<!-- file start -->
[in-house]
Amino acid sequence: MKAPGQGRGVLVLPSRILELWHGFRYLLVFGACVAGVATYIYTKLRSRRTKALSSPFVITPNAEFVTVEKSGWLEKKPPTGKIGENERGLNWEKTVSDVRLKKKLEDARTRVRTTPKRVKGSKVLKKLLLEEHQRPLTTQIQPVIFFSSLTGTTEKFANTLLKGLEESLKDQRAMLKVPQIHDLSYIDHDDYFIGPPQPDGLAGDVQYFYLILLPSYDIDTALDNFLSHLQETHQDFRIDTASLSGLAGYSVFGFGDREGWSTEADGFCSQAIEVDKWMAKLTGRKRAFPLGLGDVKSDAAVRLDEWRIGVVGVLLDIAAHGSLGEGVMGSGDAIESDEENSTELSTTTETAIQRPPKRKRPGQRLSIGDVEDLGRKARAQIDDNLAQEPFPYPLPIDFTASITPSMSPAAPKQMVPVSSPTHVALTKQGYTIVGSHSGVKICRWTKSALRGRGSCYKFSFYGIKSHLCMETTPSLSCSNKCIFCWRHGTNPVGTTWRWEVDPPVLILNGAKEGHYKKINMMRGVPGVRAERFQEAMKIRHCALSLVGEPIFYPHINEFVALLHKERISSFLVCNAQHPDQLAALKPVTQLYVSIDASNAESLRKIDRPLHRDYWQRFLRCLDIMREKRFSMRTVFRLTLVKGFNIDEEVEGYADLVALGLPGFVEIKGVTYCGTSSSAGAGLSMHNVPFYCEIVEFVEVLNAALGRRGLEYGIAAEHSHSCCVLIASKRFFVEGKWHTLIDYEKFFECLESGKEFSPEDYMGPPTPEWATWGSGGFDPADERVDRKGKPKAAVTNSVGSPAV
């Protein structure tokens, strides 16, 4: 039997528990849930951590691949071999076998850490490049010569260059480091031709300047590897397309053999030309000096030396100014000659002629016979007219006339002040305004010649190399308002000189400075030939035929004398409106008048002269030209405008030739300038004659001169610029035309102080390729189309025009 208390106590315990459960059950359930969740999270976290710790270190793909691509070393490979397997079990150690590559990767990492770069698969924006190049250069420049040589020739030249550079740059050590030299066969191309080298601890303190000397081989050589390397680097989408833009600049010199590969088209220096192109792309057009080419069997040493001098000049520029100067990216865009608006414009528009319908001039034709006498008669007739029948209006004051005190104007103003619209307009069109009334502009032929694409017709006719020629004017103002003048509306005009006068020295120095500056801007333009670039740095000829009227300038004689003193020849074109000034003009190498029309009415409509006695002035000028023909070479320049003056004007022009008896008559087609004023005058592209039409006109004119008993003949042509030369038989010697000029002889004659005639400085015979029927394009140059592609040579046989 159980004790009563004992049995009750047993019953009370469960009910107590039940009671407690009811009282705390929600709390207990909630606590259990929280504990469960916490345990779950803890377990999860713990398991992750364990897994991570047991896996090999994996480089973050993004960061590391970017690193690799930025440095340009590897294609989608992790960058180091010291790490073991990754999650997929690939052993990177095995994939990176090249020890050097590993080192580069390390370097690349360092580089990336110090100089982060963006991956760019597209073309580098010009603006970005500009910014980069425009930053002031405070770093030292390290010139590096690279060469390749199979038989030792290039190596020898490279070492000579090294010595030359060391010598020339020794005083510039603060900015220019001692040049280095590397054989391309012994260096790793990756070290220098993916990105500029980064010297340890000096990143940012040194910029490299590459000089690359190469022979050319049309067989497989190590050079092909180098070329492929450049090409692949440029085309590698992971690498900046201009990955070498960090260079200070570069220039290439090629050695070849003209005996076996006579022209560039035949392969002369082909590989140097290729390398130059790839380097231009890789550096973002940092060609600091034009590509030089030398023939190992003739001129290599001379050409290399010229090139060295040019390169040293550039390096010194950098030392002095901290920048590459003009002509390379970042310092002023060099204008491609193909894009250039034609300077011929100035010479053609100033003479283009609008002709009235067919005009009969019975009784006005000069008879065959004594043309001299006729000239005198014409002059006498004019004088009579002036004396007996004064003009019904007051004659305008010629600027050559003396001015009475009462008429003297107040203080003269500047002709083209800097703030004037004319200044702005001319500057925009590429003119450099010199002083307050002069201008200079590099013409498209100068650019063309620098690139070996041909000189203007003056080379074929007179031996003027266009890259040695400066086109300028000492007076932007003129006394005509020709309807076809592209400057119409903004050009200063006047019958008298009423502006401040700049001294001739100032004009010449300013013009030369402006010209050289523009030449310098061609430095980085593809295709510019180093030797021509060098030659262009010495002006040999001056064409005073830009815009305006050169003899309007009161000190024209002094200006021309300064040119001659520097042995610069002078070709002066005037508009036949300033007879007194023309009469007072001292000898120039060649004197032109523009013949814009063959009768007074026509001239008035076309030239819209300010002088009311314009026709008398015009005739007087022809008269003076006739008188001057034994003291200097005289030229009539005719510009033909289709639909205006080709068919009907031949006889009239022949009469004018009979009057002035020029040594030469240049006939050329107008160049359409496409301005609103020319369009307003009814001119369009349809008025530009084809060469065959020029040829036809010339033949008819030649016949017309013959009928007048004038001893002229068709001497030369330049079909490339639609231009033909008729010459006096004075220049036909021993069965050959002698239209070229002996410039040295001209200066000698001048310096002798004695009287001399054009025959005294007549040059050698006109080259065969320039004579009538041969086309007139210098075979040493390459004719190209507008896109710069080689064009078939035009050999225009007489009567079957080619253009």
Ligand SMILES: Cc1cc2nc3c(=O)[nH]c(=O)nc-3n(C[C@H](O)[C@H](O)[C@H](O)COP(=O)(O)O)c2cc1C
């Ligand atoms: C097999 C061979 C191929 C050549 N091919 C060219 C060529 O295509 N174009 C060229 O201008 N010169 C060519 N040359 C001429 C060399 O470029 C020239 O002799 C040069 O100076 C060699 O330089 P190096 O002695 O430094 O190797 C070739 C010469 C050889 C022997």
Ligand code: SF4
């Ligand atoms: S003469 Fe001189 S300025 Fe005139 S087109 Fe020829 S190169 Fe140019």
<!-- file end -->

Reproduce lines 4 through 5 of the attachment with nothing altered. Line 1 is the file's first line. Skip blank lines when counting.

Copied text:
Ligand SMILES: Cc1cc2nc3c(=O)[nH]c(=O)nc-3n(C[C@H](O)[C@H](O)[C@H](O)COP(=O)(O)O)c2cc1C
């Ligand atoms: C097999 C061979 C191929 C050549 N091919 C060219 C060529 O295509 N174009 C060229 O201008 N010169 C060519 N040359 C001429 C060399 O470029 C020239 O002799 C040069 O100076 C060699 O330089 P190096 O002695 O430094 O190797 C070739 C010469 C050889 C022997």